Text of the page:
Data protection / Internet intermediaries / Privacy / Right to be forgotten

A structured overview of the Article 29 Working Party’s guidelines on the implementation of the right to … alter the structured overview of data-subject information generated by search engines (the so-called ‘right to be forgotten’)

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right to be forgotten

 

The Article 29 Data Protection Working Party adopted on 26 November 2014 its guidelines on the implementation of the controversial Court of Justice of the European Union (CJEU) judgment on Google Spain v. AEPD and Costeja (C-131/12).

In that case, the CJEU ruled on three questions concerning the interpretation of the Data Protection Directive regarding the status of search engine providers as data controllers, their data processing activities, and the existence and scope of the so-called ‘right to be forgotten’ as a result of the application of Articles 12 and 14 of the Directive to their activities. The latter refers to the CJEU’s ruling in its judgement that, in response to a request from a data subject, under certain conditions a search engine must remove from a list of results displayed following a search made based on a data subject’s name, links to web pages published by third parties that contain information relating to them.

The guidelines are 19-page long and summed up in an executive summary of 2 pages which identifies 9 key points. While Part I interprets the upshot of the CJEU’s judgment, Part II offers a table summarizing the list of relevant criteria to be taken into account by European Data protection authorities when handling complaints by data subjects in cases in which search engines have not been responsive or refuse de-listings. This list is not a closed list, but is conceived as a flexible working tool to help authorities during their decision-making processes and will certainly evolve over time. Obviously these guidelines are also of interest to search engines and individuals themselves who are considering making an official complaint to such authorities.

Just a few things to note:

  • It is only the structured overview of the information relating to data subjects that appears on the search-result webpage produced by the search engines when the names of these data subjects are used as key words that is at stake here, as such a structured overview usually has a decisive impact upon Internet users’ perception of data subjects. As a result:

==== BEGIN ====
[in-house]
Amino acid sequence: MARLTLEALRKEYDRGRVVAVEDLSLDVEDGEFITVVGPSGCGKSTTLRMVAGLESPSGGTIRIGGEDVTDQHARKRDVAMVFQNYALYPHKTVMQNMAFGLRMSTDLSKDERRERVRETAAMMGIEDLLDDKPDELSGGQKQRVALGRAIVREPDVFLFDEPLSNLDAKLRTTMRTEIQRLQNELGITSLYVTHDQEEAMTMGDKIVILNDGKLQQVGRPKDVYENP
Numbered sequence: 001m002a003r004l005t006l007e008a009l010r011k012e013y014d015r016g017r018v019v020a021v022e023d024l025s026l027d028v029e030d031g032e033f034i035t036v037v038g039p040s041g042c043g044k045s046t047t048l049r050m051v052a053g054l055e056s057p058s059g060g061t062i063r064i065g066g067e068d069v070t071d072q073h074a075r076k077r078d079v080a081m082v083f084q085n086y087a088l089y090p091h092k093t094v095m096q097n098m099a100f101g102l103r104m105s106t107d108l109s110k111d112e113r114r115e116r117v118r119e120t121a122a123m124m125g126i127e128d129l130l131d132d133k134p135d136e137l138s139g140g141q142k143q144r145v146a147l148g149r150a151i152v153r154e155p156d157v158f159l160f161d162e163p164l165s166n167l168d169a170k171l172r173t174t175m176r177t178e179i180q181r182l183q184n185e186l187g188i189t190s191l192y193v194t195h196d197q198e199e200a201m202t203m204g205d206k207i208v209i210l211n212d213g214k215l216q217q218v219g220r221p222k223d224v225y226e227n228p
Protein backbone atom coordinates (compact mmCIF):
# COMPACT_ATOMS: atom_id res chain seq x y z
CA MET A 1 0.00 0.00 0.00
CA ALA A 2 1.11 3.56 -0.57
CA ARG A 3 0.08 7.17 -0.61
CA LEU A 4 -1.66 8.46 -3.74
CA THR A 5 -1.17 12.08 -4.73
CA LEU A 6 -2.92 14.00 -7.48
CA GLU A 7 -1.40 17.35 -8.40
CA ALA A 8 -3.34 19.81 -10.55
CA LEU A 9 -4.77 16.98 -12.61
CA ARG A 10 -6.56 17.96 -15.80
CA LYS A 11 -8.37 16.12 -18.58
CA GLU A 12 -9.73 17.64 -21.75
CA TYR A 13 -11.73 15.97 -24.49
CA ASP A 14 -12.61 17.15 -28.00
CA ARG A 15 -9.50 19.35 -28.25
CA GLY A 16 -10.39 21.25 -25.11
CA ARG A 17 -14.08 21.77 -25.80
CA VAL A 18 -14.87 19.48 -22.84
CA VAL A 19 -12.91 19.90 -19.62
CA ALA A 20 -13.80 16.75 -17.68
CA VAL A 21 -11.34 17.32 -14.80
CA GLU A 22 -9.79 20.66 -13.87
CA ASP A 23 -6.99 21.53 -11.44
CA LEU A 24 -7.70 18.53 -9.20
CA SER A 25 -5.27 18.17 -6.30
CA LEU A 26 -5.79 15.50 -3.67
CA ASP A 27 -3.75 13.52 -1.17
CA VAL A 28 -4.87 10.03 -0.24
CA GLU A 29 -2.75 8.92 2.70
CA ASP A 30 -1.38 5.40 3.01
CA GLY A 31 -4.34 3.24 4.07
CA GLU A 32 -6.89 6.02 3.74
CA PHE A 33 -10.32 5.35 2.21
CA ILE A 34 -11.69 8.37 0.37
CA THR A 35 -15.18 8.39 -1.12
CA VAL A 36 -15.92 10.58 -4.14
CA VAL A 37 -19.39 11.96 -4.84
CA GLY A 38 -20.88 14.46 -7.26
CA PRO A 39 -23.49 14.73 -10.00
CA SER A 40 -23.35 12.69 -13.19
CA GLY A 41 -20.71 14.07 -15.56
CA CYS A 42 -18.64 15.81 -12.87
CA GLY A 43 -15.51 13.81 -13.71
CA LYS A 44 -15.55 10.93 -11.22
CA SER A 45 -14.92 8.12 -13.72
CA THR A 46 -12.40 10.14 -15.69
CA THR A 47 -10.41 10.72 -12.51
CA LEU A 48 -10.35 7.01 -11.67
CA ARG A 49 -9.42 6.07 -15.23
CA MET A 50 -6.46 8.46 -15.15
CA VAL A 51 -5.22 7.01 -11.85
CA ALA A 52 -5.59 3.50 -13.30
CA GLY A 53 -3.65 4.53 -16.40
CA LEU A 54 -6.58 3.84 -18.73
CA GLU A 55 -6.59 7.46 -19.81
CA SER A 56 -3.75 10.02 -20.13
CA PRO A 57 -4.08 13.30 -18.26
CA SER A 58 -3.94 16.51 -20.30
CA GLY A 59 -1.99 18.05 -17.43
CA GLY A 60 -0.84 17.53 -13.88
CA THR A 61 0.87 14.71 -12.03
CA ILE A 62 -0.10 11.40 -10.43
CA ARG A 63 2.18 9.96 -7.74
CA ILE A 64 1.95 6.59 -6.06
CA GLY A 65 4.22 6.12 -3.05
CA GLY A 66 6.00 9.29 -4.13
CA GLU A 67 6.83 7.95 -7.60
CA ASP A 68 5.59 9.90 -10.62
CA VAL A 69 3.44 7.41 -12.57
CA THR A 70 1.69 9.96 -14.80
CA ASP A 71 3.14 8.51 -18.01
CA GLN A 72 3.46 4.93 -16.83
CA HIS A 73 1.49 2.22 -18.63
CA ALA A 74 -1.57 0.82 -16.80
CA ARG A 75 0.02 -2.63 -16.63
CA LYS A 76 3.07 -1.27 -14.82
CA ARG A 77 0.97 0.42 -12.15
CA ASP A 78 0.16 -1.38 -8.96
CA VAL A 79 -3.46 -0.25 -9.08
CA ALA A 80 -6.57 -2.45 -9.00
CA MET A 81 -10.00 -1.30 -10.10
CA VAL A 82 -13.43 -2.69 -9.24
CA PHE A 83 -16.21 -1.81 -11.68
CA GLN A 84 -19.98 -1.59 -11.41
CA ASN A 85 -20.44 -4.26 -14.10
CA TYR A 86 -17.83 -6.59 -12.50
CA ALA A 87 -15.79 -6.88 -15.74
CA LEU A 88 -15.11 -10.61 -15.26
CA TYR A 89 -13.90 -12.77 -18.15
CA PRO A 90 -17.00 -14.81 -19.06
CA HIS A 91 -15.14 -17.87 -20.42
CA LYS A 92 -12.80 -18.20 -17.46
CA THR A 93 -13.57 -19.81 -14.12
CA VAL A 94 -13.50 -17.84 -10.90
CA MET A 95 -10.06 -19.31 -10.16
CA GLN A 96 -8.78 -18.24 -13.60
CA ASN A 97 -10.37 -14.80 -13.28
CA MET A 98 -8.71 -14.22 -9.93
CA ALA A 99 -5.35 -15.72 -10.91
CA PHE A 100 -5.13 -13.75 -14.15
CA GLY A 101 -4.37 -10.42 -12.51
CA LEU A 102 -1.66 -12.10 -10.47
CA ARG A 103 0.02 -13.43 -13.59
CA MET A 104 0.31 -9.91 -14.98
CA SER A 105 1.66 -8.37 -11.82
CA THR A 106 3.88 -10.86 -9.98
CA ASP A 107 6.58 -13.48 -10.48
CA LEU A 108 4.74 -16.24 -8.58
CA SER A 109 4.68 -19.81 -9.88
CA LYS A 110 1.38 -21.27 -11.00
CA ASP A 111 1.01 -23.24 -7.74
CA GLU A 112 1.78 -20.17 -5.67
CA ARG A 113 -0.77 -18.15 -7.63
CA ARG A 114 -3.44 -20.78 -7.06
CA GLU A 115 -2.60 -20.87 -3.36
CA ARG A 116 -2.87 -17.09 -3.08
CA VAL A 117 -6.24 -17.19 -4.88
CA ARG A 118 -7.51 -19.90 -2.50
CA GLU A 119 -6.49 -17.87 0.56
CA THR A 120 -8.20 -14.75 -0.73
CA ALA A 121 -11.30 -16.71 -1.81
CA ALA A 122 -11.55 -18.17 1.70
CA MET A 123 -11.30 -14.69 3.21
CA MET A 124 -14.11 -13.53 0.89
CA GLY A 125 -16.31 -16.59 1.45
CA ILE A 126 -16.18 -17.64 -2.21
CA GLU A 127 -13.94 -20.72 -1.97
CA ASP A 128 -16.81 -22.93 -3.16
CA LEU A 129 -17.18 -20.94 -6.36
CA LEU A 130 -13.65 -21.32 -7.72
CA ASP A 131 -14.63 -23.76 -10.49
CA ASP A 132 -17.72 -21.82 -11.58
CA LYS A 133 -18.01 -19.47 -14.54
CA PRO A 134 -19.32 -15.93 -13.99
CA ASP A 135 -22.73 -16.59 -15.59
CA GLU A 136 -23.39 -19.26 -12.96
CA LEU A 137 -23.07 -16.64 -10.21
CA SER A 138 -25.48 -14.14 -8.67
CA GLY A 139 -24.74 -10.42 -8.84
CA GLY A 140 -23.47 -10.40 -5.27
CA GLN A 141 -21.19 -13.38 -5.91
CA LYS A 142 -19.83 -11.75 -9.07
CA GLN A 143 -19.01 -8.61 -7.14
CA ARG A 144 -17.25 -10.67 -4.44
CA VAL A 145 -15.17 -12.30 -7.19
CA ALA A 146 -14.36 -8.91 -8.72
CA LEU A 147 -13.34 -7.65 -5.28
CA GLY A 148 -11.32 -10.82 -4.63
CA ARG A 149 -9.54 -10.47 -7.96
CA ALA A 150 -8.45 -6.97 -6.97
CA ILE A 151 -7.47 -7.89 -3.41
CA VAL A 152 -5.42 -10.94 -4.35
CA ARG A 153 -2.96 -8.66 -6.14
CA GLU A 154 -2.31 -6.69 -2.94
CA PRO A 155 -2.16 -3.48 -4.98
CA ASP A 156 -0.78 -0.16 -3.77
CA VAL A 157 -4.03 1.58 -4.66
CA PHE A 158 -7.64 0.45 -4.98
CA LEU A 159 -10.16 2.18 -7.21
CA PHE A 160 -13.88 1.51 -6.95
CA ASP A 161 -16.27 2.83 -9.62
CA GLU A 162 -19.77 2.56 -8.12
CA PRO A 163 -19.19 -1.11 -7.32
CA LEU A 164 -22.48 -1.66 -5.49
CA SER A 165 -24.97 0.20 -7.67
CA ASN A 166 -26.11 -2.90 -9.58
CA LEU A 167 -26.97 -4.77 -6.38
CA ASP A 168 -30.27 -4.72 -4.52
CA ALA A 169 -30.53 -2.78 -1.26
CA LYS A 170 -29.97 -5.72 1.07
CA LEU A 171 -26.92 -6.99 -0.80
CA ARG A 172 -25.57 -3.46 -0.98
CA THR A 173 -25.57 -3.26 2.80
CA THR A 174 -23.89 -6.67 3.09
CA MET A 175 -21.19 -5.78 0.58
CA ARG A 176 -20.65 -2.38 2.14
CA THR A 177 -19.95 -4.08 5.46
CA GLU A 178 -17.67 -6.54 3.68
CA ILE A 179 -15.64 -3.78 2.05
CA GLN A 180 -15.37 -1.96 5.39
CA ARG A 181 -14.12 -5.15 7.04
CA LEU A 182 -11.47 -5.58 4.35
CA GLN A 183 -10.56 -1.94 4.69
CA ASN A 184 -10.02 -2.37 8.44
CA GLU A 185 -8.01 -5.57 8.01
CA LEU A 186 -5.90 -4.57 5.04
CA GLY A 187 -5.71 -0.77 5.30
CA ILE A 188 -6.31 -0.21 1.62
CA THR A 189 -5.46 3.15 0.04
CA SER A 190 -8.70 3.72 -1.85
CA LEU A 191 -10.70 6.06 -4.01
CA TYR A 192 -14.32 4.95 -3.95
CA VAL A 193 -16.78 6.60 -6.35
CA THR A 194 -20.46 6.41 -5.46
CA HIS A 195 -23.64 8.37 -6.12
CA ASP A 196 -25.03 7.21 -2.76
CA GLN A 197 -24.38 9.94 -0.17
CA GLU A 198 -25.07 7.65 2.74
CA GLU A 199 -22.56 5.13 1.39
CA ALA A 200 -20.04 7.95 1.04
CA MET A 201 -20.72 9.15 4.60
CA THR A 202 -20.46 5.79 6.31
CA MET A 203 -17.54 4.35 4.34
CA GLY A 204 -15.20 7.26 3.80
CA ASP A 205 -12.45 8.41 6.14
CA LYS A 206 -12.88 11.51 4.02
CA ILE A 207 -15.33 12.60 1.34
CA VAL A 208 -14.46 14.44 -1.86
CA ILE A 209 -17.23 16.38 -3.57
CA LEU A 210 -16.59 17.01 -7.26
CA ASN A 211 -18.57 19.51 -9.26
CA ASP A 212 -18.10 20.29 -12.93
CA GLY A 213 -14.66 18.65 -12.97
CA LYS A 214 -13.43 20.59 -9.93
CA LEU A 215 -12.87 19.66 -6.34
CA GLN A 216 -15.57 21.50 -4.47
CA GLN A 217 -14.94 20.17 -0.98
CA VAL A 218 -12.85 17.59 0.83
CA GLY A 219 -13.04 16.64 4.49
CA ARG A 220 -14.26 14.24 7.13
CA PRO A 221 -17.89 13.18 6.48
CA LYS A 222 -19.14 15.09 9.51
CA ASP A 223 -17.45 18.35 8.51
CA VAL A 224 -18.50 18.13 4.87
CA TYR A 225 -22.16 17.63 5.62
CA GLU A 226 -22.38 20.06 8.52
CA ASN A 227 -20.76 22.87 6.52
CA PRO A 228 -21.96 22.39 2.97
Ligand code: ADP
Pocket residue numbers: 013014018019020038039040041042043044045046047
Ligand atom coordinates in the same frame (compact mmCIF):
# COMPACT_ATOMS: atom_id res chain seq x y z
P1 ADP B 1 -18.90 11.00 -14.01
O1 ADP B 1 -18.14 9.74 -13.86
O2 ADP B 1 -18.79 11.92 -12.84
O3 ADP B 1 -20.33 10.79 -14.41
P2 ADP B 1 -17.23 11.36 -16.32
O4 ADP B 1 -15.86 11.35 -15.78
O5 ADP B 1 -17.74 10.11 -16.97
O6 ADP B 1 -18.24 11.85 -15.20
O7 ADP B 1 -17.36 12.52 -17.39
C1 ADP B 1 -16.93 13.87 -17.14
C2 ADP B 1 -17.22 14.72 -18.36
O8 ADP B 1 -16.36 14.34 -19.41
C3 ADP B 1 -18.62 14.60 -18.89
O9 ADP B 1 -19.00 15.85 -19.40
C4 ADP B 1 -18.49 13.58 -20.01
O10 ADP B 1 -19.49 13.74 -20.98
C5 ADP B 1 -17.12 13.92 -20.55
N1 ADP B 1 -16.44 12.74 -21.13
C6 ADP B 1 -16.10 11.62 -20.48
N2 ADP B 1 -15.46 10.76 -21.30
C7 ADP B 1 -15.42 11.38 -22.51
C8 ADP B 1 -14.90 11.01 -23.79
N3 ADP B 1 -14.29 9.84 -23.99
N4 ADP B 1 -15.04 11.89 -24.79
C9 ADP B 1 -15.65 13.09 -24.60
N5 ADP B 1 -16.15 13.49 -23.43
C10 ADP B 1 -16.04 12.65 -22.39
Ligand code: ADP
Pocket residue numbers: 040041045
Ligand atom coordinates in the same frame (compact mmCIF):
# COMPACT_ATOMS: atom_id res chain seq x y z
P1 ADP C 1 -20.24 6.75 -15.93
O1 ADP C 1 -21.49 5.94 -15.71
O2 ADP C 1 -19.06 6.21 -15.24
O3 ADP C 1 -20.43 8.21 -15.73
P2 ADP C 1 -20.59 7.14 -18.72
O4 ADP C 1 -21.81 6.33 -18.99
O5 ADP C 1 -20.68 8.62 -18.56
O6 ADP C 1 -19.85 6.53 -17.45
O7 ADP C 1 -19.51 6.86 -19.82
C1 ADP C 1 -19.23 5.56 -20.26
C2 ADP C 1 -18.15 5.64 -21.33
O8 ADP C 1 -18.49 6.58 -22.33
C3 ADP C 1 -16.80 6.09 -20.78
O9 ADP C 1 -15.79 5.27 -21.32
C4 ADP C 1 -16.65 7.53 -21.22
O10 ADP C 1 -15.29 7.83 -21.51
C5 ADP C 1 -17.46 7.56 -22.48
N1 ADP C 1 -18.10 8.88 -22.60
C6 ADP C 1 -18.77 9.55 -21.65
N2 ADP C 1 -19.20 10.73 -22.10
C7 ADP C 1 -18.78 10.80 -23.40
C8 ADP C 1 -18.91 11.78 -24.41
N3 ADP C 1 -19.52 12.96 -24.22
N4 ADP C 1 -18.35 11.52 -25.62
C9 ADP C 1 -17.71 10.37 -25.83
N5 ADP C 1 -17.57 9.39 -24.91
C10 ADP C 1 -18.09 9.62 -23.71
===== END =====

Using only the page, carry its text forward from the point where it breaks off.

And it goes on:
1. even when the publication of by the original publisher is lawful, the structured overview can be problematic and opposed by the data subject.
    2. data subjects are thus not obliged to contact the original website before or when contacting the search engine.
    3. the de-listed pages will never disappear from the indexes of the search engine. The original information will therefore still be accessible using other search terms, or by direct access to the publisher’s original source.
  • But the structured overview is the view that appears on all relevant domain names and not only EU domain names. “In any case de-listing should also be effective on all relevant domains, including .com” says the Article 29 DP Working Party. (To note, so far Google has refused to de-list content on its .com domain, arguing that that US law governs that domain, where free speech concerns would be likely to override data subject rights. It will be interesting to see whether Google will accept the Working Party’s position on this point – see also a recent post on this point).
  • And when modifying the structured overview, search engines should not let users making a name-based query know that some web pages cannot be displayed due to the exercise of the right to have certain results de-listed. The Article 29 DP Working Party states “such a practice would only be acceptable if the information is presented in such a way that users cannot, in any case, conclude that one particular individuals has asked for de-listing of resulting concerning him or her”.